Fictions of Justice

Author: Kamari Maxine Clarke
Publisher: Cambridge University Press
ISBN: 0521889103
Format: PDF, ePub, Mobi
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This book explores how notions of justice are negotiated through everyday micropractices and grassroots contestations of those practices.

Octavia s Brood

Author: Walidah Imarisha
Publisher: AK Press
ISBN: 1849352100
Format: PDF, Mobi
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Whenever we envision a world without war, without prisons, without capitalism, we are producing speculative fiction. Organizers and activists envision, and try to create, such worlds all the time. Walidah Imarisha and adrienne maree brown have brought twenty of them together in the first anthology of short stories to explore the connections between radical speculative fiction and movements for social change. The visionary tales of Octavia’s Brood span genres—sci-fi, fantasy, horror, magical realism—but all are united by an attempt to inject a healthy dose of imagination and innovation into our political practice and to try on new ways of understanding ourselves, the world around us, and all the selves and worlds that could be. The collection is rounded off with essays by Tananarive Due and Mumia Abu-Jamal, and a preface by Sheree Renée Thomas. PRAISE FOR OCTAVIA'S BROOD: "Those concerned with justice and liberation must always persuade the mass of people that a better world is possible. Our job begins with speculative fictions that fire society's imagination and its desire for change. In adrienne maree brown and Walidah Imarisha's visionary conception, and by its activist-artists' often stunning acts of creative inception, Octavia's Brood makes for great thinking and damn good reading. The rest will be up to us." —Jeff Chang, author of Who We Be: The Colorization of America “Conventional exclamatory phrases don’t come close to capturing the essence of what we have here in Octavia’s Brood. One part sacred text, one part social movement manual, one part diary of our future selves telling us, ‘It’s going to be okay, keep working, keep loving.’ Our radical imaginations are under siege and this text is the rescue mission. It is the new cornerstone of every class I teach on inequality, justice, and social change....This is the text we’ve been waiting for.” —Ruha Benjamin, professor of African American Studies at Princeton University and author of People’s Science: Bodies and Rights on the Stem Cell Frontier "Octavia once told me that two things worried her about the future of humanity: The tendency to think hierarchically, and the tendency to place ourselves higher on the hierarchy than others. I think she would be humbled beyond words that the fine, thoughtful writers in this volume have honored her with their hearts and minds. And that in calling for us to consider that hierarchical structure, they are not walking in her shadow, nor standing on her shoulders, but marching at her side." —Steven Barnes, author of Lion’s Blood “Never has one book so thoroughly realized the dream of its namesake. Octavia's Brood is the progeny of two lovers of Octavia Butler and their belief in her dream that science fiction is for everybody.... Butler could not wish for better evidence of her touch changing our literary and living landscapes. Play with these children, read these works, and find the children in you waiting to take root under the stars!” —Moya Bailey and Ayana Jamieson, Octavia E. Butler Legacy “Like [Octavia] Butler's fiction, this collection is cartography, a map to freedom.” —dream hampton, filmmaker and Visiting Artist at Stanford University’s Institute for Diversity in the Arts Walidah Imarisha is a writer, organizer, educator, and spoken word artist. She is the author of the poetry collectionScars/Stars and facilitates writing workshops at schools, community centers, youth detention facilities, and women's prisons. adrienne maree brown is a 2013 Kresge Literary Arts Fellow writing science fiction in Detroit, Michigan. She received a 2013 Detroit Knight Arts Challenge Award to run a series of Octavia Butler–based writing workshops.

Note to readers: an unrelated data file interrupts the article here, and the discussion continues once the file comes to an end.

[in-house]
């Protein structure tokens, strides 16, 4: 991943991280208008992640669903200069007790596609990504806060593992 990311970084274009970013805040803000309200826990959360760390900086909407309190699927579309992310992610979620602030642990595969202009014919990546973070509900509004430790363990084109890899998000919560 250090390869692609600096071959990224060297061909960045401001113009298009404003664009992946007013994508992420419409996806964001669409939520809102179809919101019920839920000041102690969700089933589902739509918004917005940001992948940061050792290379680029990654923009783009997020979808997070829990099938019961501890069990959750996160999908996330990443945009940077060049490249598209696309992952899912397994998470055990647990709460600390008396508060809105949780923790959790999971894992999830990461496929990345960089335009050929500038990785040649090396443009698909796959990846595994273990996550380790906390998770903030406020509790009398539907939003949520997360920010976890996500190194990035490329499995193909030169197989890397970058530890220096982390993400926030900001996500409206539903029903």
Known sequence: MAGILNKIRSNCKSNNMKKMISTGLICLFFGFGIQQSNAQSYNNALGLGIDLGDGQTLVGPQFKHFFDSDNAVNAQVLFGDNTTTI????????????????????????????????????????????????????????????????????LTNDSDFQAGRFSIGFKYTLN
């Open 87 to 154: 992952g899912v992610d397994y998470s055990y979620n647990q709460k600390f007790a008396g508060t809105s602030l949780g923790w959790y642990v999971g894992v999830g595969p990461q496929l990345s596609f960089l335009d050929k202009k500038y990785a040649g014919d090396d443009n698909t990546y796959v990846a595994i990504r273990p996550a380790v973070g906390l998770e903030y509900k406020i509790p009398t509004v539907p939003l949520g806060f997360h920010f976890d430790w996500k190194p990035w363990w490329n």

Crime Fiction and the Law

Author: Maria Aristodemou
Publisher: Routledge
ISBN: 1317594533
Format: PDF, ePub
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This book opens up a range of important perspectives on law and violence by considering the ways in which their relationship is formulated in literature, television and film. Employing critical legal theory to address the relationship between crime fiction, law and justice, it considers a range of topics, including: the relationship between crime fiction, legal reasoning and critique; questions surrounding the relationship between law and justice; gender issues; the legal, political and social impacts of fictional representations of crime and justice; post-colonial perspectives on crime fiction; as well as the impact of law itself on the crime fiction’s development. Introducing a new sub-field of legal and literary research, this book will be of enormous interest to scholars in critical, cultural and socio-legal studies, as well as to others in criminology, as well as in literature.